Huh oh. Here’s an FYI post.
I was just reading an article titled Handful of states promise physicians online access to advance directives in Amednews.com, an online news source published by the American Medical Association, when I came across the following disturbing passage:
“By connecting the advance directive to an information exchange, a physician could access it without having to contact family or caregivers, or find out a patient’s login and password to current online registry programs. That connection would allow a physician to follow through on the patient’s wishes without any obligation to contact anyone.” (emphasis mine.)
Without any obligation to contact anyone? HUH-OH. Did the American Medical Association just toss out our right to a medical power of attorney? Are there any doctors out there really thinking that online registries will allow them to sidestep our medical proxies, families, and loved ones? Or is this just a misunderstanding on the part of the journalist that wrote the article?
For those who don’t understand the question, here’s a little background: There’s been a strong push by the government to make all of our medical records electronic. (It started with Bush and received funding under Obama.) The current goal is to have 100% of the nation’s records electronic by 2014. (Not likely to happen that fast.) Part of this massive effort involves establishing Health Information Exchanges, or HIE’s, at the state level, and states have already received a considerable amount of money to start setting these things up.
Enter: Advance directives that are registered online.
One of the goals for electronic medical records is to also have our advance directives available online. States with A.D. registries are already working to connect them to the HIEs they’re setting up, and at least one private online registry, The U.S. Living Will Registry, is planning to coordinate with the HIEs. That’s what the article is referring to when it says “By connecting the advance directive to an information exchange, a physician could access it without having to contact family or caregivers, or find out a patient’s login and password to current online registry programs.”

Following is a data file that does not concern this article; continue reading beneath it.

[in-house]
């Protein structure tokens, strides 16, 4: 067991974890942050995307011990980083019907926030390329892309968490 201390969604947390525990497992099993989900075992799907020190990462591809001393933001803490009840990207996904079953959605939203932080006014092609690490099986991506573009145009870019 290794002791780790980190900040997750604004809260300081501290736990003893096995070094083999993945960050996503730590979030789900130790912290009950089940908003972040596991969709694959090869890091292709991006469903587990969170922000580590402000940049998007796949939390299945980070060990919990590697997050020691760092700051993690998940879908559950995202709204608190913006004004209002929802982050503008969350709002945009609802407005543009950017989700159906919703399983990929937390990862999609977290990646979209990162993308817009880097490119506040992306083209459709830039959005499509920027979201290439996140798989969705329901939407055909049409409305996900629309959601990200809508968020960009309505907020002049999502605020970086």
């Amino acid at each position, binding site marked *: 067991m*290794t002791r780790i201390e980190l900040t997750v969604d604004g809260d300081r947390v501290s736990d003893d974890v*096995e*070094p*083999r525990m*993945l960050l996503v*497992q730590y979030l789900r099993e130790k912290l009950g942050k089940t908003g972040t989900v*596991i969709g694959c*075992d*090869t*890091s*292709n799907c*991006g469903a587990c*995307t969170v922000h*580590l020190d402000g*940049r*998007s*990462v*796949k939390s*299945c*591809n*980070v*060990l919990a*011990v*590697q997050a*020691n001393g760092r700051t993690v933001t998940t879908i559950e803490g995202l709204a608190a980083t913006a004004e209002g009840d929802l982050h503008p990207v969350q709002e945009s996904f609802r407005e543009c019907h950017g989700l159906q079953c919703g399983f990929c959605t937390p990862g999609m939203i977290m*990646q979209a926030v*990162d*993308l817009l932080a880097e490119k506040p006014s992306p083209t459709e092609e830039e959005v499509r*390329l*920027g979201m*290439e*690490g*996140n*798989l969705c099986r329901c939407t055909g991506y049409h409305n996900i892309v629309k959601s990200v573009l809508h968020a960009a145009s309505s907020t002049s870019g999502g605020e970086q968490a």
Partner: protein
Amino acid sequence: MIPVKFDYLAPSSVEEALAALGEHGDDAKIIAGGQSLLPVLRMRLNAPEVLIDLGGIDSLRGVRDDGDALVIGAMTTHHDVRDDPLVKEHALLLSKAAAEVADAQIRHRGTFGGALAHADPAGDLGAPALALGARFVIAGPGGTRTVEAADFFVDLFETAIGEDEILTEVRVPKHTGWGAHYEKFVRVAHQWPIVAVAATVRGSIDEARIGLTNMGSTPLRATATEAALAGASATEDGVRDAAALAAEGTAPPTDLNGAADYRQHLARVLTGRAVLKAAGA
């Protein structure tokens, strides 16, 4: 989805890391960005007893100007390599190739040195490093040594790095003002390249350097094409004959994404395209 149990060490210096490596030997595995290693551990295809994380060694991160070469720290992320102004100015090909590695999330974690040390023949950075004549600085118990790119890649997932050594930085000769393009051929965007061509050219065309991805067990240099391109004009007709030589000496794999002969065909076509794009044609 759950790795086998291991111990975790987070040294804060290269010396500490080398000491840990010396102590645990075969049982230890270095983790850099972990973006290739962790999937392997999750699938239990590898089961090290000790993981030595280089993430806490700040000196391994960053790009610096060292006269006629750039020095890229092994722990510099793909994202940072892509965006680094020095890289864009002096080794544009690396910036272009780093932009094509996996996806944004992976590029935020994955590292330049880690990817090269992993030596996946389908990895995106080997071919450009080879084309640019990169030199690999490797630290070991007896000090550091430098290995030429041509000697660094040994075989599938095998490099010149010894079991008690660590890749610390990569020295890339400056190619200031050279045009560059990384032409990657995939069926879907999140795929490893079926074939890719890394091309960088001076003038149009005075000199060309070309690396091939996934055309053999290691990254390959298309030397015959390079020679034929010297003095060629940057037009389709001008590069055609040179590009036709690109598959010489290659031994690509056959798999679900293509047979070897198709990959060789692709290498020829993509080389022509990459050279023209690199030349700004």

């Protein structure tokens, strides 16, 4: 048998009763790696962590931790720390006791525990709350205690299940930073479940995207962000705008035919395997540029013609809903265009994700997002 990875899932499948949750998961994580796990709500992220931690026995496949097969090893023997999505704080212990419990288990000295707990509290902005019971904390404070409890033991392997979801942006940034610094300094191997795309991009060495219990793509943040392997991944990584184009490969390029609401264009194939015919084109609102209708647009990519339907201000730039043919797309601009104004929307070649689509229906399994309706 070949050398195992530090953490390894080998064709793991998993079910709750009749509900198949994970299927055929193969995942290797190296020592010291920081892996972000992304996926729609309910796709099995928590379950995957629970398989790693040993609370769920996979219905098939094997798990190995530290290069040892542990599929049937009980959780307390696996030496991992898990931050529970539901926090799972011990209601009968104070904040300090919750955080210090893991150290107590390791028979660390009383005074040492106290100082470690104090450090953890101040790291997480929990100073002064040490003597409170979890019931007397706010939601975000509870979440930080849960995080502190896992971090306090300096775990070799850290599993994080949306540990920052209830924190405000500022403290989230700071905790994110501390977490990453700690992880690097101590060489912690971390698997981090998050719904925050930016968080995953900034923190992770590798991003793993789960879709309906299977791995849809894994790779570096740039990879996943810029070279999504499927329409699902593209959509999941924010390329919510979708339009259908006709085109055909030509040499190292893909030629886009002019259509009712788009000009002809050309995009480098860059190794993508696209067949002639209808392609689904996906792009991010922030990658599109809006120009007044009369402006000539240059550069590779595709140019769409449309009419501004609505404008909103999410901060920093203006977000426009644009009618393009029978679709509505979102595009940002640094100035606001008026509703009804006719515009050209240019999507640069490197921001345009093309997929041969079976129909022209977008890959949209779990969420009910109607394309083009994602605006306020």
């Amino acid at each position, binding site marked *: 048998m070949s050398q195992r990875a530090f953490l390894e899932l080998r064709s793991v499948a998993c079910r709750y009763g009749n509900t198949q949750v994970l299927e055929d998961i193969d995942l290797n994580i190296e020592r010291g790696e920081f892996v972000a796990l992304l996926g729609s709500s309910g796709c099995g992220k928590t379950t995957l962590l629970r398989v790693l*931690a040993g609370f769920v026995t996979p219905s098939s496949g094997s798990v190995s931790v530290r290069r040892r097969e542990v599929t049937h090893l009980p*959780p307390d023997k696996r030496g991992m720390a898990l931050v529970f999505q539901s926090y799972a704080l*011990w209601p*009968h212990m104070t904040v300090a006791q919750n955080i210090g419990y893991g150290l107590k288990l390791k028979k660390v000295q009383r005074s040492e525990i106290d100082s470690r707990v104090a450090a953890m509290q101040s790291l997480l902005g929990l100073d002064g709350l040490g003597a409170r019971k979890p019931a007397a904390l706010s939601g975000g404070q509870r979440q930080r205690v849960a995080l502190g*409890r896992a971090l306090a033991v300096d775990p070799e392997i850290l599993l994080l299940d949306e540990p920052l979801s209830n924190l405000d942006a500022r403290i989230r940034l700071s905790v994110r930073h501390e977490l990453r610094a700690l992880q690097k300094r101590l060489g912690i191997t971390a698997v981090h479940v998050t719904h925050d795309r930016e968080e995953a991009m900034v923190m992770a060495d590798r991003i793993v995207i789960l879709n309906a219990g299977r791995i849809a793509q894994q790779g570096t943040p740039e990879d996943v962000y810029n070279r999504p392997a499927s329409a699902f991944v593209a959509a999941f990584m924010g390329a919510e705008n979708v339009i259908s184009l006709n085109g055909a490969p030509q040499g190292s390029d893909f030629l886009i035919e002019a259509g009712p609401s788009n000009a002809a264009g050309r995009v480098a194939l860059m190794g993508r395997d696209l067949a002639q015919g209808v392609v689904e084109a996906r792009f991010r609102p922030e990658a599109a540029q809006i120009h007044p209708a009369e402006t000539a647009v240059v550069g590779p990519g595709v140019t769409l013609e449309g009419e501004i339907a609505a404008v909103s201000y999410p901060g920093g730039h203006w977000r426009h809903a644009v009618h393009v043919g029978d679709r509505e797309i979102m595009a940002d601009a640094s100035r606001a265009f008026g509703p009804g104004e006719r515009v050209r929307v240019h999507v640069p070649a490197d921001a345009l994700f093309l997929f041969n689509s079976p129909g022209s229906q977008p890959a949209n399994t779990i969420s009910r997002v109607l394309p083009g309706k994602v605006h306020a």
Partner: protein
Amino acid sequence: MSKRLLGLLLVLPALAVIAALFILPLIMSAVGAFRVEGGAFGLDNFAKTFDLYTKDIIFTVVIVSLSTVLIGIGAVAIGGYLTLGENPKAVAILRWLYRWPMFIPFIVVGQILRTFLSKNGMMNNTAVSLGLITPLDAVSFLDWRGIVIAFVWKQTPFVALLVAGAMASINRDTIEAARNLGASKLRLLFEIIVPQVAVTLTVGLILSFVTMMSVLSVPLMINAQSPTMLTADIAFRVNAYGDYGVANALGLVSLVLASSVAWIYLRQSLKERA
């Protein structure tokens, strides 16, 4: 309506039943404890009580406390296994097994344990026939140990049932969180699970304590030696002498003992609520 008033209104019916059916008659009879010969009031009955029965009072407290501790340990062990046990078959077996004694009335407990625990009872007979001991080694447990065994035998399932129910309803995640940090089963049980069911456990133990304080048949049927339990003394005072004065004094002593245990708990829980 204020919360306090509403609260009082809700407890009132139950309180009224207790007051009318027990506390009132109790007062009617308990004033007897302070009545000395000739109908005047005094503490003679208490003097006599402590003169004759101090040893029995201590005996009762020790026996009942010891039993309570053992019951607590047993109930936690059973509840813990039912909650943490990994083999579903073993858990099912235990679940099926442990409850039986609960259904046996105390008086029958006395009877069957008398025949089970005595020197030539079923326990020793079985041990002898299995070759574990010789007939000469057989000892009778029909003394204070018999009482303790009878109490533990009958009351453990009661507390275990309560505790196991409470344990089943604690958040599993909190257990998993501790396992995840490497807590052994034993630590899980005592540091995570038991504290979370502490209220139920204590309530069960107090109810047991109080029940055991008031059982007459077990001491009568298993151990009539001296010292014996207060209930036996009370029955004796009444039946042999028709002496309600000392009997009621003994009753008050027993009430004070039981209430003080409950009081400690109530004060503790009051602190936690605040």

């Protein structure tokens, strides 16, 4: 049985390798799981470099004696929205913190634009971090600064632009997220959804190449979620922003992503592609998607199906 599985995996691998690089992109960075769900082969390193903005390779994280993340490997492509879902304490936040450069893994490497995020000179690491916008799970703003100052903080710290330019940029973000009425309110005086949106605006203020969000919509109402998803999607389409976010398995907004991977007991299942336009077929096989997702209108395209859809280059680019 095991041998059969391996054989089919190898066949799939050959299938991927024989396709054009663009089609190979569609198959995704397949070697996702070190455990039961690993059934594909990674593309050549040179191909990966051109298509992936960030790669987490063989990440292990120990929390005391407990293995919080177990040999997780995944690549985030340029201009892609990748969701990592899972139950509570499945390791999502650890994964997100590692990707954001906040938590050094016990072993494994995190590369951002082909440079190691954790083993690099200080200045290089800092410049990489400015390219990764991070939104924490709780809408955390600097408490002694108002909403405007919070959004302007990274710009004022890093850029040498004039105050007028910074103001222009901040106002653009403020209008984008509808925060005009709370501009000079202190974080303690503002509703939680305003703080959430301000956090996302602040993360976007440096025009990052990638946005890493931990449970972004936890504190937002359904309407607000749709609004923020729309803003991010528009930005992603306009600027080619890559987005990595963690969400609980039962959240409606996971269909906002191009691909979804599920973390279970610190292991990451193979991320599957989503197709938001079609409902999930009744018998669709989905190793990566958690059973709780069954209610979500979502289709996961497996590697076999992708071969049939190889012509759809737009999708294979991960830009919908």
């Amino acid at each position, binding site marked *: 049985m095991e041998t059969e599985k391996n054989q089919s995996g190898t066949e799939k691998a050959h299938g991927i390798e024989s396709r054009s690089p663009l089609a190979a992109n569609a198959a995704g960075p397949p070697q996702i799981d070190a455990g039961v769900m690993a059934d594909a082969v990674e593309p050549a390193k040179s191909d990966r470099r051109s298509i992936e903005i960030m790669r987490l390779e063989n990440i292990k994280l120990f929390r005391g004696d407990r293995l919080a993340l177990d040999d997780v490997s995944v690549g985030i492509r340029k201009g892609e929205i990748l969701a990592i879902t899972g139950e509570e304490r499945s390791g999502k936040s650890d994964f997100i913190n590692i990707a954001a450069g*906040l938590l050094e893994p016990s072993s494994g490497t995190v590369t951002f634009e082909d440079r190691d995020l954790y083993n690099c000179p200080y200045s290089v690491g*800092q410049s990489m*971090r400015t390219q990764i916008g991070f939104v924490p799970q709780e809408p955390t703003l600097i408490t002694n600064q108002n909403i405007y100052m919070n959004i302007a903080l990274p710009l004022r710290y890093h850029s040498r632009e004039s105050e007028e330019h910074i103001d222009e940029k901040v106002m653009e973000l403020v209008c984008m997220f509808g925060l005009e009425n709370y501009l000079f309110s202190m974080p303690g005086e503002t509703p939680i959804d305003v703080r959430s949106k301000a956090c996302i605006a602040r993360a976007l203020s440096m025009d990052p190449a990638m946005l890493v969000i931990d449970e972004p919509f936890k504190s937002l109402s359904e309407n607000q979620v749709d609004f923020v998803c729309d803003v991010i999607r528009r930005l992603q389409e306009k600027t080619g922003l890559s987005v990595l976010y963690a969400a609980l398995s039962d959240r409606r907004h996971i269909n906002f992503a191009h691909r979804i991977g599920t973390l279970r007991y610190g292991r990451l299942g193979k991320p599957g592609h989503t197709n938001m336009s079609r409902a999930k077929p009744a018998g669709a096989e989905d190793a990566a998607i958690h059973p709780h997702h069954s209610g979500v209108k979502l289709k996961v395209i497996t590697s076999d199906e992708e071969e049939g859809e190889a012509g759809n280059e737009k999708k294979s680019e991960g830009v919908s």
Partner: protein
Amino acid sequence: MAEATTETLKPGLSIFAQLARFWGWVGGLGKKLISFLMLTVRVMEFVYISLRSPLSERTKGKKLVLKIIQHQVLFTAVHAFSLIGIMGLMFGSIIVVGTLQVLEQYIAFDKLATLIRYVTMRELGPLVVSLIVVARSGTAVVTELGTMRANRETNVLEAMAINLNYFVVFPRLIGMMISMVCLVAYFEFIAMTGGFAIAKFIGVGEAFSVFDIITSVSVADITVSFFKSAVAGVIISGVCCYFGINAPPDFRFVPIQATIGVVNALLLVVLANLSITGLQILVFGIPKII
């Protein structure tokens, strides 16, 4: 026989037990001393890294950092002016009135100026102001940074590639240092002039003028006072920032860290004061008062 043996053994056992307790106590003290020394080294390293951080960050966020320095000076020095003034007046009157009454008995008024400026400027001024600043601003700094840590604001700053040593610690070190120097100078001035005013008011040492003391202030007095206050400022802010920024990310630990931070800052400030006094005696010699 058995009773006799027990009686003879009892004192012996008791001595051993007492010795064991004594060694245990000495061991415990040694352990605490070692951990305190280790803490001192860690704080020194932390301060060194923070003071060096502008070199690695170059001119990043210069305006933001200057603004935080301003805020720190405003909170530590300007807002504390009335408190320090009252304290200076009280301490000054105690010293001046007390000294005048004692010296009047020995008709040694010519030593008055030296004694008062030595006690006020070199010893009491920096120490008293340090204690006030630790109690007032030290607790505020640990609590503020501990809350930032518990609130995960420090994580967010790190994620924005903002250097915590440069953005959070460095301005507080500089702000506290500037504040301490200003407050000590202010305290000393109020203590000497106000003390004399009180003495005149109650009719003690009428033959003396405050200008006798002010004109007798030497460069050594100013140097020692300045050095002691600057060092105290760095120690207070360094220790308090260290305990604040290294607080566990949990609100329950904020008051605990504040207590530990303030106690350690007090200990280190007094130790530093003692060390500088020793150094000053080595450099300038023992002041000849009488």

I’d be more inclined to dismiss this whole thing as a simple error if it wasn’t published in a news source published by the American Medical Association itself. Could this kind of confusion exist to some extent within the medical community? If there’s any possibility that it does then my natural inclination is towards exercising caution while some of the kinks are getting worked out of the developing electronic system and its use.
I looked around and found one possible solution. (Other than blind trust…which is not my forte.) It turns out that, where online registries are concerned, the U.S. Living Will Registry also has an option for a Document Locator Form as an alternative to downloading the actual documents to their website. The Document Locator Form directs a doctor or hospital seeking my advance directive to contact the people who know where it is and what it says, (i.e. my medical proxy and/or family) rather than giving them access to the documents themselves. This creates an unfortunate hurdle for doctors trying to access my wishes, but it also provides a layer of protection during a chaotic transition to effective electronic exchanges.
My biggest fear with this is that a well-intentioned but ill-informed doctor might pull the plug on me before my family had a chance to reach my side and say their good-byes. (While traveling for instance.) I, personally, don’t mind hanging around a bit longer…however uncomfortable or undignified it might feel…if it gives the people I love the opportunity for that gift of closure. I know the difference it would make for them during grieving would be profound.
copyright Dia Osborn 2011